The security system needed to be upgraded to a machine that has a SIM GPRS dialler built in. Initially the security company wanted to charge more for the monitoring of this new device, but they agreed to charge the same fee, and pay for the SIM card that is required. The security system upgrade was done by the landlord and cost $400.

Fax was going to be ugly with an ATM filter. Our fax machine was pretty old and the drum needed replacing, so I opted for a new fax machine, a few models higher than the one that it replaced and one that allows for internet faxing. I found an Australian-owned online fax company that has SSL encrypted fax-to-email and SSL encrypted email-to-fax services.

The staff use the fax machine like a traditional fax machine, which was an important consideration. Some users are able to ‘print to the fax machine’, or use an internet fax service by scanning a document and then emailing it, but not all users (especially some of the older doctors) would be happy with that. This is a good compromise.

The fax machine creates an email with a pdf attachment that is sent via an SSL-encrypted connection to the internet fax server. Incoming faxes are sent from the internet fax server via SSL-encrypted connection (where available) to my email server.

The new fax machine cost $500, but the sending of faxes now is far cheaper than via copper lines, and of course there is no line rental. Our monthly fax costs are now about one-third of what they previously cost.

Crossed wires

So from late June 2014, we have high speed NBN broadband, but no one on staff could tell the difference. Banking websites still opened at the same speed, general web browsing seemed the same. Medicare Online would still take seconds to load.

In July 2014 I started to talk to the phone system supplier about the necessary upgrades, and to talk to Telstra about the promised ‘free calls’. It turns out that businesses can’t get free calls. I have an email dated 12 August 2014 from a more senior person at the local Telstra business office that tells me that the junior who ‘sold’ me the NBN plan with free calls was not authorised to do so, and that he didn’t know what he was doing.

Needless to say that the voice-recorded verbal contract was not made available to me and email-only discussions were held from this point forwards.

The offer that Telstra could now give me was $130 per month for all calls to local, STD and mobiles in Australia. Not as good as free calls, but at $255 per month for internet plus calls, we could live with that.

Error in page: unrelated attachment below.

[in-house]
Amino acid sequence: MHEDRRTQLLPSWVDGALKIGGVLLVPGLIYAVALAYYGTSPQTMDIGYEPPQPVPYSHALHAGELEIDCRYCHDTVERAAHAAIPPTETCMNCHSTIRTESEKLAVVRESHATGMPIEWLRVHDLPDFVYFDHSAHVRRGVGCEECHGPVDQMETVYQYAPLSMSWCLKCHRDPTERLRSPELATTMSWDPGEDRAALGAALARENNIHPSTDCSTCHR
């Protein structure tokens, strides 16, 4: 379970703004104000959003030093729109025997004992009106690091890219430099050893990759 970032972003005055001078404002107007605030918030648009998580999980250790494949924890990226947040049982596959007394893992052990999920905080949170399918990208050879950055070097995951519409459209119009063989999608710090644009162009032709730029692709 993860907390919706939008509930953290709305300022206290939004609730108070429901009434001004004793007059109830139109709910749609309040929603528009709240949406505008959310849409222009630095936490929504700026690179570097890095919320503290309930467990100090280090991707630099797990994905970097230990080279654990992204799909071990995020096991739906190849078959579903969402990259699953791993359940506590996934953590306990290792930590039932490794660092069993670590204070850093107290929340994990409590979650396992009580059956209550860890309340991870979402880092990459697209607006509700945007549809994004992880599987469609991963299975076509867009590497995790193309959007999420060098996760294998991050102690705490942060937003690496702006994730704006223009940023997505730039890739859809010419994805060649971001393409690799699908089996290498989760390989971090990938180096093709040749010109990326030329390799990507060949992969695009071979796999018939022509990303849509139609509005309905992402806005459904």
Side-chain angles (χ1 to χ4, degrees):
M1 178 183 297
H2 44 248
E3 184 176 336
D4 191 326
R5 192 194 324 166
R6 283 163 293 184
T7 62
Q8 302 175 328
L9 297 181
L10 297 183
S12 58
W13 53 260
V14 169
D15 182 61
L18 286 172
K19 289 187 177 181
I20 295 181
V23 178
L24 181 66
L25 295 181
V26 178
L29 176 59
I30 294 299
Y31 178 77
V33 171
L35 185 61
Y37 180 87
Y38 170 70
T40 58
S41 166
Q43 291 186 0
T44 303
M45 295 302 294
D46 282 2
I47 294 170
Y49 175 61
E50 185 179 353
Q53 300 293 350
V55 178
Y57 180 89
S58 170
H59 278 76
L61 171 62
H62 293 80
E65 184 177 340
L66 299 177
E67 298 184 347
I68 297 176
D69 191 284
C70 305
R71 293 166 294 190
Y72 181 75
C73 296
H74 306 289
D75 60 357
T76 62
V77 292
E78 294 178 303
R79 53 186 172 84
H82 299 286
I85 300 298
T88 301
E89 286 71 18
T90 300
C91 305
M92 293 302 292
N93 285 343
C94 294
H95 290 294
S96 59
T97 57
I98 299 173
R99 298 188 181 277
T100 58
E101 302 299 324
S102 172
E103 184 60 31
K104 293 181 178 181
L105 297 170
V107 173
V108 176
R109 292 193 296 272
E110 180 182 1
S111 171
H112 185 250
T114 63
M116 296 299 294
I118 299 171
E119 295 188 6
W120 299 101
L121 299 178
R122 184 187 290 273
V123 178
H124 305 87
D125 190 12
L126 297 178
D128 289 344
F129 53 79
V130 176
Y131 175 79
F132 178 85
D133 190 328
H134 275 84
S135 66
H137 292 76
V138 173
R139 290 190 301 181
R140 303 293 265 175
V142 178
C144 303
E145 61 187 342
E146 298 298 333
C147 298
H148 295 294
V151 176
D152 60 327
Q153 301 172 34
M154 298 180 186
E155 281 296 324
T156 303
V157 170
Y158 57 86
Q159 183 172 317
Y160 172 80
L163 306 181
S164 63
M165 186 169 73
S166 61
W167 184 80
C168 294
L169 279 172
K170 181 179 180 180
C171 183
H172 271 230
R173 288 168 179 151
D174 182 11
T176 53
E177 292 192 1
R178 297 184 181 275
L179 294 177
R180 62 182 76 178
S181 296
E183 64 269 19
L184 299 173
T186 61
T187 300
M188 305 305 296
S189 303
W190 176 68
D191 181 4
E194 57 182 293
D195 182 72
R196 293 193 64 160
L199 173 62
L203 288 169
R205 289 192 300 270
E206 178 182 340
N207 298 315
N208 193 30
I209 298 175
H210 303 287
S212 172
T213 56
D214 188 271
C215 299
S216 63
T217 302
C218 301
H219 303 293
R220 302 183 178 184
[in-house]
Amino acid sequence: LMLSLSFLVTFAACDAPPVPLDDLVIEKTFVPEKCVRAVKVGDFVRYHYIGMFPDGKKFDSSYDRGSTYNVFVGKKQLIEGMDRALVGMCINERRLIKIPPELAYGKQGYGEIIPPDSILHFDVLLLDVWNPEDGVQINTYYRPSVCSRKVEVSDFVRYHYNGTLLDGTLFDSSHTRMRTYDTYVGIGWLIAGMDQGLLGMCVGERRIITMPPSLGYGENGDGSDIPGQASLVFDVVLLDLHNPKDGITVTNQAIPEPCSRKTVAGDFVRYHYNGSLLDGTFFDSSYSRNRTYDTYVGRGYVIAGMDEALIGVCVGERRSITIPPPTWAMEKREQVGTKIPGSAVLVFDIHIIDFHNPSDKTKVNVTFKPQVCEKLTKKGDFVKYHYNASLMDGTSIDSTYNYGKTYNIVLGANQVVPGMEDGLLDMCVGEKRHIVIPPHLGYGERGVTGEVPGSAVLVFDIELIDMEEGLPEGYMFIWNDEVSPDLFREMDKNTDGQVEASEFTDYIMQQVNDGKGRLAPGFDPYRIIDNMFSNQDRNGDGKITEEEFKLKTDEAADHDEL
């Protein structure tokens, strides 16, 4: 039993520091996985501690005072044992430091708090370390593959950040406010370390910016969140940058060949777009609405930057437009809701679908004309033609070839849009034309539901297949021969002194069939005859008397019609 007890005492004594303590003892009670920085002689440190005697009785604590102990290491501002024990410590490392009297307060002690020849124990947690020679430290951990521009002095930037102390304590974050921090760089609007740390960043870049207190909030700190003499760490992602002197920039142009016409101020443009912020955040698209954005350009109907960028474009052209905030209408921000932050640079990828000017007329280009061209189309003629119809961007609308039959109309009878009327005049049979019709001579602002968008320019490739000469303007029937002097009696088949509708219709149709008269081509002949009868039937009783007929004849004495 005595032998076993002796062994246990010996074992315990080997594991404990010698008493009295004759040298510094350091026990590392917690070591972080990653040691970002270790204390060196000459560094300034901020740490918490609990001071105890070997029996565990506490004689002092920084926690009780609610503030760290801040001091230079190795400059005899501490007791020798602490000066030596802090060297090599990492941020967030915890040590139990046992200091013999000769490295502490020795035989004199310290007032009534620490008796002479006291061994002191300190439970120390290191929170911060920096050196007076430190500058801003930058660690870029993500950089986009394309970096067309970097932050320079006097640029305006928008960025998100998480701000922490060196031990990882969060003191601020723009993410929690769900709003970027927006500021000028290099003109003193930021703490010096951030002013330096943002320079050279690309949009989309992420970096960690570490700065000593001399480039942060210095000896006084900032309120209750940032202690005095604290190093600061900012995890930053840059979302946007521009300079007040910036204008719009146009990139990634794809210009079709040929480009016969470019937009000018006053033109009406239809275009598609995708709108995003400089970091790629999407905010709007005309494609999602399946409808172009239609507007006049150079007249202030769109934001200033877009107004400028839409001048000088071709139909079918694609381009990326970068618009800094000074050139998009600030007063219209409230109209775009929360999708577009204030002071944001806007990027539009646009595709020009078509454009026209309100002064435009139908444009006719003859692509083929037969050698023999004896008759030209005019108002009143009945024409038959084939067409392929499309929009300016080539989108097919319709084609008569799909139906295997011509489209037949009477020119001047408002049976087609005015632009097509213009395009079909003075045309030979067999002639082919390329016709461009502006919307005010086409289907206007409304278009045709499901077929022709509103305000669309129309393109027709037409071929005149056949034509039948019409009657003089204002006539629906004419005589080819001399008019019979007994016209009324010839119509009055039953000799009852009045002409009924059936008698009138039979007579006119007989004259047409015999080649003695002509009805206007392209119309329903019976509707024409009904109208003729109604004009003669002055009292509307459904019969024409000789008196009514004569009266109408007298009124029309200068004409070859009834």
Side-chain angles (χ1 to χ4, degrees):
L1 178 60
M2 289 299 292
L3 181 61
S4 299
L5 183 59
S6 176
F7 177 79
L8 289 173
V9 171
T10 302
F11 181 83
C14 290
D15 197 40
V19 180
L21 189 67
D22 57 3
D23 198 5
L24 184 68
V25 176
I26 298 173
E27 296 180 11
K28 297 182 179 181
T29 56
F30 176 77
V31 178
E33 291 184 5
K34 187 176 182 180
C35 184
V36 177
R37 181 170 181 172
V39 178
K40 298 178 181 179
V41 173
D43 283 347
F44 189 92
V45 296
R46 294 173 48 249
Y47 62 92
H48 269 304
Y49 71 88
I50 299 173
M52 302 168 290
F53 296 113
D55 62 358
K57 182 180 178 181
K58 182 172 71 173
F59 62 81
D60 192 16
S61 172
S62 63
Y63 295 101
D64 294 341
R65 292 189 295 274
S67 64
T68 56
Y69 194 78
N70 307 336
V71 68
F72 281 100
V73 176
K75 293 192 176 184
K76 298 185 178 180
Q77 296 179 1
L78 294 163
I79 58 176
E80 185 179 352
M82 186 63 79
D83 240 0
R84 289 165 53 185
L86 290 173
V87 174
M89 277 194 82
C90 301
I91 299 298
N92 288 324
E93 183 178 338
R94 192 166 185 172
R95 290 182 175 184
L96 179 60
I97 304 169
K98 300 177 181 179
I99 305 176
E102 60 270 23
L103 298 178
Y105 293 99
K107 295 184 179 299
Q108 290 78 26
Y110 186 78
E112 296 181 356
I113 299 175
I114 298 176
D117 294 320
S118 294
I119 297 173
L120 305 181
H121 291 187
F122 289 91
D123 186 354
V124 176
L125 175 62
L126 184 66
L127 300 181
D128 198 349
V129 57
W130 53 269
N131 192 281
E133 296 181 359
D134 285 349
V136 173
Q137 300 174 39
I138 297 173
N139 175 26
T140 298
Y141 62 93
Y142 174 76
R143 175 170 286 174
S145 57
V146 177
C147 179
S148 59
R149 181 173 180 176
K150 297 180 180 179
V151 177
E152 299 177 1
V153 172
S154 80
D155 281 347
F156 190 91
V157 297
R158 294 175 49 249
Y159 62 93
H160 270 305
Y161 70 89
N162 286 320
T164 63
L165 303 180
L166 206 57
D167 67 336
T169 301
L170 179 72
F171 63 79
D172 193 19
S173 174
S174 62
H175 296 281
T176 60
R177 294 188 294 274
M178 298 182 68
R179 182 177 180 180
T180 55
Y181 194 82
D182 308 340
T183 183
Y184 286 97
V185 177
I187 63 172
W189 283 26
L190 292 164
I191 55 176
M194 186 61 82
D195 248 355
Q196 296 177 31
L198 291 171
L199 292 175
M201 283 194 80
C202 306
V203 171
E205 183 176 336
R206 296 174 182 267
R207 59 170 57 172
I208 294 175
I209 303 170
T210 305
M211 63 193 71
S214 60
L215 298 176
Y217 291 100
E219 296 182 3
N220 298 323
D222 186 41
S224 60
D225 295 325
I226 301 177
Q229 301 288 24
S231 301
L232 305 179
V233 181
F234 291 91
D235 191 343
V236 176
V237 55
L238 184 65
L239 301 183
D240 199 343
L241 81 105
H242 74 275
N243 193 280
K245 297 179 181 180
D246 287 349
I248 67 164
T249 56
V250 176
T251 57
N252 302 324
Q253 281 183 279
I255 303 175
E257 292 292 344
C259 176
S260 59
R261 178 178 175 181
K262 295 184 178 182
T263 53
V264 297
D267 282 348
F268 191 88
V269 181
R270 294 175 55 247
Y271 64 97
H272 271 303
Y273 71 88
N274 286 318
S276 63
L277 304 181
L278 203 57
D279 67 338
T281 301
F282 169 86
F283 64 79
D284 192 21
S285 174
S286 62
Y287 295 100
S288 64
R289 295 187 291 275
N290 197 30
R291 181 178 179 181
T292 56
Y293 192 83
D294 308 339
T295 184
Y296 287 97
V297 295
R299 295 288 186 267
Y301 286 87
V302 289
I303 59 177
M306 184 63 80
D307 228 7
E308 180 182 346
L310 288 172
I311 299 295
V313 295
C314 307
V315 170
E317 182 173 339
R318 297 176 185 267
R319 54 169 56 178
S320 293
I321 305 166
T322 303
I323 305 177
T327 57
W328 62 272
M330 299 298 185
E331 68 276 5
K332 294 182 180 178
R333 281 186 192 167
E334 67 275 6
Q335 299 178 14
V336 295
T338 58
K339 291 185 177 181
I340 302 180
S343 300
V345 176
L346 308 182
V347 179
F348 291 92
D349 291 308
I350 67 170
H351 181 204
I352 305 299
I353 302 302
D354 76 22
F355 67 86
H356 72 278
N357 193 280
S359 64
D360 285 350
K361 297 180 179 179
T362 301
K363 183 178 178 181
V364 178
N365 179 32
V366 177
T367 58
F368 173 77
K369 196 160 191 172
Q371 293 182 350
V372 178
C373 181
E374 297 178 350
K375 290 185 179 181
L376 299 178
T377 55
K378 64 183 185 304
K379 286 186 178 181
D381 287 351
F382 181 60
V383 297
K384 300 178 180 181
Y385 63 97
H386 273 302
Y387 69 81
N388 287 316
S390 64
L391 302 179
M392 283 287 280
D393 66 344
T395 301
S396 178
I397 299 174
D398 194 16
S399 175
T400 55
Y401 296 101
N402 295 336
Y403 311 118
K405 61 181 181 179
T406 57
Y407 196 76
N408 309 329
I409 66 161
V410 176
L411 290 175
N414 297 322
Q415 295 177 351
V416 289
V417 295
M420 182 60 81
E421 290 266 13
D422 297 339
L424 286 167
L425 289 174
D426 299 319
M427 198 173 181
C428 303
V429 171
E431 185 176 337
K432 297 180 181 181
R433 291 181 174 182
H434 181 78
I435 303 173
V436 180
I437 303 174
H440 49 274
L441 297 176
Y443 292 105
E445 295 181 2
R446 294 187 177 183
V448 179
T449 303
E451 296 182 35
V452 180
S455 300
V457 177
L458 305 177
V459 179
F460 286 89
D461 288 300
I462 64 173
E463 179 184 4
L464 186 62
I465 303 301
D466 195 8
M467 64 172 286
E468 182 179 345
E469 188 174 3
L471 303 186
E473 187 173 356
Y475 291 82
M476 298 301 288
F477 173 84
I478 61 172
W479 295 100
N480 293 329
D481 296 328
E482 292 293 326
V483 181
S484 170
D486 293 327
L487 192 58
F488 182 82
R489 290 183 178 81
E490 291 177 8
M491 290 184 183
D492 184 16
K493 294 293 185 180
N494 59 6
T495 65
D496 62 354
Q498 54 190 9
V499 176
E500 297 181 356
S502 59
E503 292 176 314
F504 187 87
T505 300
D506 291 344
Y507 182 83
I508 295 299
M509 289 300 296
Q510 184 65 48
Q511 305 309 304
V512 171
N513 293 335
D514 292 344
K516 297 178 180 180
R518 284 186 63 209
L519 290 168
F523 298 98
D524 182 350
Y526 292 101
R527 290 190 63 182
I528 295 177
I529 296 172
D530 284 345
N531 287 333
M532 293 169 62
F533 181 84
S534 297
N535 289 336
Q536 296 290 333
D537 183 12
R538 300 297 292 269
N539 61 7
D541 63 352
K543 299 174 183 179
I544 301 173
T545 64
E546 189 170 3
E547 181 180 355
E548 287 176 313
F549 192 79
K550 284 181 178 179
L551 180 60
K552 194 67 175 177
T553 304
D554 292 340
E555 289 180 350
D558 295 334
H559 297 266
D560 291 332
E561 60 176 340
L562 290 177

Telstra then told me that the price of $130 per month is per line. This would make our four-phone line business about $645 per month including internet, not counting fax or EFTPOS or alarms.

This is way more than our previous bills had been (about $550 per month including line rental, faxes, phone calls and internet). The best deal that we could get from Telstra was the same cost as pre-NBN, just with significant upgrade costs to our systems.

A lot of discussion followed, including the involvement of the Telecommunications Ombudsman. Essentially we decided to look at our options of using a different ISP rather than Telstra.

We eventually settled for iiNET, who proudly show a worldwide customer service logo on their website. We signed in November 2014 to get NBN (100/40) broadband and a SIP phone contract from iiNet, but it was actually completed in May 2015.

SIP trunking had to be enabled in our phone system. This involved a new card and some different licence fees. Including tech time, this phone system upgrade cost about $1900, over a third of the original purchase price.

Getting the SIP trunks to be reliable has taken months, and was only achieved after much heated discussion, and following Telstra disconnecting the copper lines. We had no phones for a whole day during the transition.

I had to involve our phone system tech again (at our cost). Apparently one of the issues about getting the existing phone numbers ported was that we had a ‘line hunt’ in place (where patients phone our main number and other lines ring if busy – standard practice stuff). We had to disconnect ‘line hunt’, get the numbers ported to the new ISP, and get the phone tech to replicate this line hunt from our phone system. This cost about $700 in tech time.

Getting iiNET to connect NBN broadband was easy, but getting it to work had taken six months and over a hundred hours of my time. I finally got the iiNET NBN 100/40 with a static IP operational two weeks ago.